Klemen Prepelic, Valencia Basket
His EuroLeague career to date consists of just 31 games spread over seven years, but Valencia's new sharpshooter has entered his prime having proven himself a dangerous offensive force in both the 7DAYS EuroCup, where he ranked second in points per minute last season behind only Milos Teodosic, and in the Spanish League, which he led in scoring while playing for Joventut Badalona on loan from Real Madrid. Although his minutes are likely to be fewer on such a deep team as Valencia, when he's on the floor, expect Prepelic to fill it up.
Joel Bolomboy, CSKA Moscow
Practically doubling one's minutes on CSKA from his rookie season to the next is no small feat, but the fact that Bolomboy also doubled his production proved that he may well see more and more time with the still-defending champs. This jumping-jack forward's appeal will not be with numbers as much as how he fits into the CSKA machine by taking care of the small details. Machines don't make big plays, though, and despite limited minutes, Bolomboy already has plenty of those. Expect this 26-year-old to have even more of them going forward.
Howard Sant-Roos, Panathinaikos OPAP Athens
In the past, whenever Panathinaikos had the best defender on the floor, good things happened. In the modern game of plenty pick-and-rolls and constant switching, a long-armed, quick-footed and tenacious defender who finds his self-worth on that business end of the court has a hidden value much greater than is evident to the naked eye. Sant-Roos, who debuted is that kind of defender. That's why David Blatt brought him three years ago from obscurity to Darussafaka Istanbul, where they became EuroCup champions with Sant-Roos as a regular starter.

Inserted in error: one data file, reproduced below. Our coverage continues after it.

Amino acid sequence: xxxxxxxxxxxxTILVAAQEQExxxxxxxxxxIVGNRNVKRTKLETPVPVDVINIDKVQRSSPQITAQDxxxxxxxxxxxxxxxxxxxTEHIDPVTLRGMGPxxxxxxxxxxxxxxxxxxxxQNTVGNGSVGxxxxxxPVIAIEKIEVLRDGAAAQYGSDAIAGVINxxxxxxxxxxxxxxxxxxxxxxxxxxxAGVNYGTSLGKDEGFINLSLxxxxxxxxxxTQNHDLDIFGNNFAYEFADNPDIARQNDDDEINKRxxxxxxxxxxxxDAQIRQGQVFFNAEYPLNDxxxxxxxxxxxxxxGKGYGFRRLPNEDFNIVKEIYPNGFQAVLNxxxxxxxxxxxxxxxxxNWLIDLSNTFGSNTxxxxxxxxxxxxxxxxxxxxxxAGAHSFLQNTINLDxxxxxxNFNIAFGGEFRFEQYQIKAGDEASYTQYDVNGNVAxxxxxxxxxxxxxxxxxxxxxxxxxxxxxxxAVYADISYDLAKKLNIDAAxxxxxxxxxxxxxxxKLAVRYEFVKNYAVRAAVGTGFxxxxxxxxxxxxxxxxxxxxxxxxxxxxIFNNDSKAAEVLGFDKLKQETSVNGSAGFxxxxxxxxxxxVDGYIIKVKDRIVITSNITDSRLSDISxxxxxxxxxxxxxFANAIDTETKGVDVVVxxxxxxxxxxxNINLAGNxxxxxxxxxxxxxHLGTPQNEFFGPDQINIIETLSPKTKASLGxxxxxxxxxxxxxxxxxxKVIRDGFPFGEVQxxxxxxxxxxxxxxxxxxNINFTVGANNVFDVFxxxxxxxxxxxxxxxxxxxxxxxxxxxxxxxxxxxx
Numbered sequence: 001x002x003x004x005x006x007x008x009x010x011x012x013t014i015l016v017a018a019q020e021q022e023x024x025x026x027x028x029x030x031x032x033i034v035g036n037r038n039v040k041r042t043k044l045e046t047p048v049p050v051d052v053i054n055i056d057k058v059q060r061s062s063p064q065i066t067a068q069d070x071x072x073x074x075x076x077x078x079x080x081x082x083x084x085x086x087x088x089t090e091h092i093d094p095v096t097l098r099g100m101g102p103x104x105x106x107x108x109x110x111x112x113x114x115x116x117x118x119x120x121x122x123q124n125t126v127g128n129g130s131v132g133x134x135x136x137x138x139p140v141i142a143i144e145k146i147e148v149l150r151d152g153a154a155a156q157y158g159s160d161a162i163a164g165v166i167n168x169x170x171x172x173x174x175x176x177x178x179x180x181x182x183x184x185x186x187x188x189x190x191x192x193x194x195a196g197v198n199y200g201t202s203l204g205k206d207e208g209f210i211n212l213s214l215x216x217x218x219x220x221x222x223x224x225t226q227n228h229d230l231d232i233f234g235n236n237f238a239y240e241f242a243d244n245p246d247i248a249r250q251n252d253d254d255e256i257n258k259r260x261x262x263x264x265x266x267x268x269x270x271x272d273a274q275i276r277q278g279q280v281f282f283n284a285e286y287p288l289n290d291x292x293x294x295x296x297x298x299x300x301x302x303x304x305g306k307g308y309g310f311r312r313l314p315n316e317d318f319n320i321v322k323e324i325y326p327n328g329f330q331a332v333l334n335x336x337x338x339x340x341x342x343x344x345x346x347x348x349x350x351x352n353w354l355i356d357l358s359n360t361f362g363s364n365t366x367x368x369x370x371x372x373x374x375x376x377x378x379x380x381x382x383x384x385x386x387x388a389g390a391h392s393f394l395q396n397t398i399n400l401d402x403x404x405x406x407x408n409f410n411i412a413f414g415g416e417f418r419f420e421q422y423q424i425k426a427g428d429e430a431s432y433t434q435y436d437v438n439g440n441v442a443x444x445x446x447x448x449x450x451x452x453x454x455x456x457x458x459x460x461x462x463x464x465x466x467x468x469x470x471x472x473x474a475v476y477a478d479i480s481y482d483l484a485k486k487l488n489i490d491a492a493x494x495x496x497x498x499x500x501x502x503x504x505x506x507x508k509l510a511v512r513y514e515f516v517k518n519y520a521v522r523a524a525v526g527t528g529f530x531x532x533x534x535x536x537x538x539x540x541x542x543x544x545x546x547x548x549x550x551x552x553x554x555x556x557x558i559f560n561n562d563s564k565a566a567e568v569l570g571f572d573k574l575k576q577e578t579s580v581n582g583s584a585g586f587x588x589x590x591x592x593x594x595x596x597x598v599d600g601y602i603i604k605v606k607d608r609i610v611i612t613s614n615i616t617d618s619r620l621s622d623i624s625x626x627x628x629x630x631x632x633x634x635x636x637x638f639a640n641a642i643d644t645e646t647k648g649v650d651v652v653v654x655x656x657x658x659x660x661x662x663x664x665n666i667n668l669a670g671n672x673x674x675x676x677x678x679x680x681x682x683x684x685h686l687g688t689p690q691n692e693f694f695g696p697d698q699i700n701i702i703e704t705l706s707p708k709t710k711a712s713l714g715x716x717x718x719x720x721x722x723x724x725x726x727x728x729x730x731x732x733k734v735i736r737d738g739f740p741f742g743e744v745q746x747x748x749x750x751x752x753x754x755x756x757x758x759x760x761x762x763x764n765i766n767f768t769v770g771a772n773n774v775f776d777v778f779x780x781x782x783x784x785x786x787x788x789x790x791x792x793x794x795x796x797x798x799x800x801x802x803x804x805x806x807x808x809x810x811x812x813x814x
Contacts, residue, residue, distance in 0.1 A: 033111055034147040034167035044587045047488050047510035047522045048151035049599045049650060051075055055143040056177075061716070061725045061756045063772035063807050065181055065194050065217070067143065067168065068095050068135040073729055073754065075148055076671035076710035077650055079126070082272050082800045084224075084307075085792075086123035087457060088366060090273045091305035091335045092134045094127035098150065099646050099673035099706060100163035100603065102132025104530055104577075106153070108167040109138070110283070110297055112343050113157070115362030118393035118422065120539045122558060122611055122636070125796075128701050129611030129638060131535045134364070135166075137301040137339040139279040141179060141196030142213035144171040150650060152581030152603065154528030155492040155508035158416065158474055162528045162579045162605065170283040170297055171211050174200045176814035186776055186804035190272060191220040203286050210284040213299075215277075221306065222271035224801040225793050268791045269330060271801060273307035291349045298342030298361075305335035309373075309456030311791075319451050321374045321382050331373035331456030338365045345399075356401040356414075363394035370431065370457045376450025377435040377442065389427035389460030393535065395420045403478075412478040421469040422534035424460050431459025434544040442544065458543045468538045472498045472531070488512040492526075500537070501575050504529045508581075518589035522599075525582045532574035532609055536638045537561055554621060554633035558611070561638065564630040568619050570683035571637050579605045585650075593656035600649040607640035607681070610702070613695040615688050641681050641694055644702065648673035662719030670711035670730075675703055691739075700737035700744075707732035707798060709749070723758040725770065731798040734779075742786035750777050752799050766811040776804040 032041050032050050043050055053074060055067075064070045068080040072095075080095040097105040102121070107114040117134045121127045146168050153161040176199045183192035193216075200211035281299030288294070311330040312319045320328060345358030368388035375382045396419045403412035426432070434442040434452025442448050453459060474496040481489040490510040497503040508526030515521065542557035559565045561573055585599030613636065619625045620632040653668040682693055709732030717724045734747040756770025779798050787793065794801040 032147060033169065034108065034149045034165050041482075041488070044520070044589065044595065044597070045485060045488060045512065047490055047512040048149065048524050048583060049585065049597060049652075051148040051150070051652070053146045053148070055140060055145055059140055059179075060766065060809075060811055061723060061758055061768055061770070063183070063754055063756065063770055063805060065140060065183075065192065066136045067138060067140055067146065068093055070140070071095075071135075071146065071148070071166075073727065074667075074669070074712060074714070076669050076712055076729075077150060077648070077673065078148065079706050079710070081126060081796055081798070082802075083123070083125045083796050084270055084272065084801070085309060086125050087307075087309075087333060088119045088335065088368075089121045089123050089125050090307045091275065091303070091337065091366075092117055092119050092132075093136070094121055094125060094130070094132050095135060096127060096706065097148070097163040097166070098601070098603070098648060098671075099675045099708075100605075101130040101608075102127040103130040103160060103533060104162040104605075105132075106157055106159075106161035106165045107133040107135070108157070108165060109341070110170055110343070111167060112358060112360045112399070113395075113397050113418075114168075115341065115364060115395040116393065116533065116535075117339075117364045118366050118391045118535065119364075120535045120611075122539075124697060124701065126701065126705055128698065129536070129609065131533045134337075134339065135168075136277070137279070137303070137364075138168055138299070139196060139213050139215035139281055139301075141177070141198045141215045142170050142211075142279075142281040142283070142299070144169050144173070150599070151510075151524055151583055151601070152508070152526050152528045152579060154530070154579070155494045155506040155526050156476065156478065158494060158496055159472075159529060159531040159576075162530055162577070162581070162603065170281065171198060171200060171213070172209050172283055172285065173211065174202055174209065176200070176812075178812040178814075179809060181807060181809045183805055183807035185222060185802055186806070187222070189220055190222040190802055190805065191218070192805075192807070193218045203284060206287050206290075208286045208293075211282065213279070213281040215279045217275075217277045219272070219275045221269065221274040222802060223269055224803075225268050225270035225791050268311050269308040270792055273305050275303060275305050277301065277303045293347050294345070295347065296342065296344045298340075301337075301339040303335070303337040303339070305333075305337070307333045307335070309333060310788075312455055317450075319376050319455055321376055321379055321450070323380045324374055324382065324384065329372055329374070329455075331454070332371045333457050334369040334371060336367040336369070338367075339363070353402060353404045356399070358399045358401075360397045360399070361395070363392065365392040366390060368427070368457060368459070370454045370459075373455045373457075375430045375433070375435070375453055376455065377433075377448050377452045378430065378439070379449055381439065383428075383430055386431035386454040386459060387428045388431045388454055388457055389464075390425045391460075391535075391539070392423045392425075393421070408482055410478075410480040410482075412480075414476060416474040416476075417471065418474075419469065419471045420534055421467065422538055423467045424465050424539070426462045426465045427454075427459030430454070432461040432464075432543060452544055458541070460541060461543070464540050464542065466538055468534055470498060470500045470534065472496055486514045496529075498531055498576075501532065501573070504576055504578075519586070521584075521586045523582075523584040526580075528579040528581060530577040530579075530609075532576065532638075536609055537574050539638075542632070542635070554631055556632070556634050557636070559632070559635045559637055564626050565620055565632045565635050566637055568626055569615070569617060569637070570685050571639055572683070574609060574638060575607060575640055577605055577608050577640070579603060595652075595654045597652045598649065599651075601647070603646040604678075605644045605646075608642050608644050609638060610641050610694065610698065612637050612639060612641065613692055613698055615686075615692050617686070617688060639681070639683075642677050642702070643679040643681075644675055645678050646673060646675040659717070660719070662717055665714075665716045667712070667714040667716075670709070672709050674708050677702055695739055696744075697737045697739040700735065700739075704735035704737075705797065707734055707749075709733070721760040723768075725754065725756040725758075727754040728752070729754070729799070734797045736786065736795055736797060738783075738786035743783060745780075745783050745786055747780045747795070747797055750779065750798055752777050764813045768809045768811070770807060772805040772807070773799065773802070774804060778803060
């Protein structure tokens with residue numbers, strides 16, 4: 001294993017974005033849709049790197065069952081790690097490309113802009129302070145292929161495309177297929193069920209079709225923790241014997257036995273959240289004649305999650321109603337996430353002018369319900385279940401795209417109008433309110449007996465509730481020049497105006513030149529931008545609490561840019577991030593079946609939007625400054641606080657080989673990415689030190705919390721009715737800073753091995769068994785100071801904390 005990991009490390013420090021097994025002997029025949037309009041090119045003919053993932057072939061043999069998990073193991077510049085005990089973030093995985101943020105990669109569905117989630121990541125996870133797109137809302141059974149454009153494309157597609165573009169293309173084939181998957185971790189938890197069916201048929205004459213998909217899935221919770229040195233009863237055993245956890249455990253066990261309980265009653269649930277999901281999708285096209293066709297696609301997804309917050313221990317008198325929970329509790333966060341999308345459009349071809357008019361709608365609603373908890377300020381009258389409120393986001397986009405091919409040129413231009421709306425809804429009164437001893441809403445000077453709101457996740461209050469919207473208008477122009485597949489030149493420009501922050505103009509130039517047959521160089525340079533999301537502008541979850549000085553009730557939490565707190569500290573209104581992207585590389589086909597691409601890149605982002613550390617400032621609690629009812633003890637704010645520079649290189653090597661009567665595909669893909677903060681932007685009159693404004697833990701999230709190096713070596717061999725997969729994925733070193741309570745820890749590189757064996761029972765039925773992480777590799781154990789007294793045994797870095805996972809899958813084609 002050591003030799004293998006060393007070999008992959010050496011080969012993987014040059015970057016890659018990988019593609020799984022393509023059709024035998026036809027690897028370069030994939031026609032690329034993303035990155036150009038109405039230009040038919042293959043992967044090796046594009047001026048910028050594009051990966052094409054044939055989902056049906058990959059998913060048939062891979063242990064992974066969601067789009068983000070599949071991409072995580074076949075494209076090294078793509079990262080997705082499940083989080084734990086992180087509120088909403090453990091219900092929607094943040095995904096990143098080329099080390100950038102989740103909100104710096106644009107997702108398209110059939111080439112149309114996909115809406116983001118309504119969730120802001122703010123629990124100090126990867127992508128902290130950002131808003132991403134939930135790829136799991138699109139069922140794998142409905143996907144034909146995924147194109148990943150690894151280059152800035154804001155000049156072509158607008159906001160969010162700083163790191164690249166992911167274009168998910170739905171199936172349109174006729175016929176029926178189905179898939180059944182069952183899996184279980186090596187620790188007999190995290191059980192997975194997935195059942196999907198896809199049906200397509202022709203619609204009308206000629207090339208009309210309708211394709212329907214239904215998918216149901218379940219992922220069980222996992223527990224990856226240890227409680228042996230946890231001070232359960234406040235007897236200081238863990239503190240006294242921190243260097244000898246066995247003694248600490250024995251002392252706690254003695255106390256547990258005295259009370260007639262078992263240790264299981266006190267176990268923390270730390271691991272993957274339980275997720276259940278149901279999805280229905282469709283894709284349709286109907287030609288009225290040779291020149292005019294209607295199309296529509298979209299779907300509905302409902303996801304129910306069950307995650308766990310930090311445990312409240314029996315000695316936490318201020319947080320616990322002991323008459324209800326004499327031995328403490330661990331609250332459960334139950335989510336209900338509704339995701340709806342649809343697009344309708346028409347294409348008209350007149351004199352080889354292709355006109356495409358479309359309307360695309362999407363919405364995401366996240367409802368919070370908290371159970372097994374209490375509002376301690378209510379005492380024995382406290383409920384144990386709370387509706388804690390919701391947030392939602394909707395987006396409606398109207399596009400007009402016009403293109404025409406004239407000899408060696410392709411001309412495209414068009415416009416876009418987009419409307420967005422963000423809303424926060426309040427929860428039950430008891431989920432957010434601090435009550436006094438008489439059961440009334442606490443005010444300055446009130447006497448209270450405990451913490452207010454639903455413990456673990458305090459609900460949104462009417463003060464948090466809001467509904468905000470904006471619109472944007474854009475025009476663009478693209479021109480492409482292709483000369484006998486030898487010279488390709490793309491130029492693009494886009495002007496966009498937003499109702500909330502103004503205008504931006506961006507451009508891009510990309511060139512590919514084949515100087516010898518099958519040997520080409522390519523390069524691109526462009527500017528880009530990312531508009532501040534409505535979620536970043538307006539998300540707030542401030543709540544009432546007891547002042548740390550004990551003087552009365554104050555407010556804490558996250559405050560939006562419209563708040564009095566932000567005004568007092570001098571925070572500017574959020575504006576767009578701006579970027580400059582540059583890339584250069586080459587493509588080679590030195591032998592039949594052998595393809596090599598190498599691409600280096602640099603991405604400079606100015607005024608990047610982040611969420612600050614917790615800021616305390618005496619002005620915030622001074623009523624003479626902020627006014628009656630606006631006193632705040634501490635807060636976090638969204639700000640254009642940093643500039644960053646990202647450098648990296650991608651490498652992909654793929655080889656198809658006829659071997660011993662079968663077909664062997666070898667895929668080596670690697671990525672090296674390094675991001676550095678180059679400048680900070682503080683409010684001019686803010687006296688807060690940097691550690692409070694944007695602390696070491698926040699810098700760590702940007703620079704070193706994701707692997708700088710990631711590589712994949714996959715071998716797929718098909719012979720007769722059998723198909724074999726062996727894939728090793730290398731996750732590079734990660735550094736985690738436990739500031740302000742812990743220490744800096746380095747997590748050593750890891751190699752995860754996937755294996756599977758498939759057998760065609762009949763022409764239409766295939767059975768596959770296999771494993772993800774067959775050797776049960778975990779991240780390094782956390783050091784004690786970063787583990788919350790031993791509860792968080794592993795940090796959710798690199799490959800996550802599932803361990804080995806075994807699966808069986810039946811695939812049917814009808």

Alex Poythress, Zenit St. Petersburg
After three years in and out of the NBA since turning pro, Poythress joined Galatasaray in the EuroCup last November and quickly showed how he puts the power into the power forward spot. He had just seven games to show his stuff, but his 13.6 points, 7.1 rebounds and 1.6 assists certainly got the attention of Zenit. Expect Poythress, who eats rebounds and knows well how to play the game, to attract even more attention, from opponents and fans alike, as this EuroLeague season goes along, too.
Langston Hall, Crvena Zvezda mts Belgrade
Running a team on the floor takes a lot of learning, and Hall has put in the time through six pro seasons that took him to four countries, debuting last year in the EuroCup with that competition's biggest surprise, Promitheas Patras. Hall put up 11.4 points and 5.7 assists – the latter ranking fifth among all EuroCup players – but most importantly had his team sitting pretty in the quarterfinals when the season was cut shot. Zvezda will give him the ball a lot as a EuroLeague rookie, but Hall has shown all indications of knowing how to handle it well.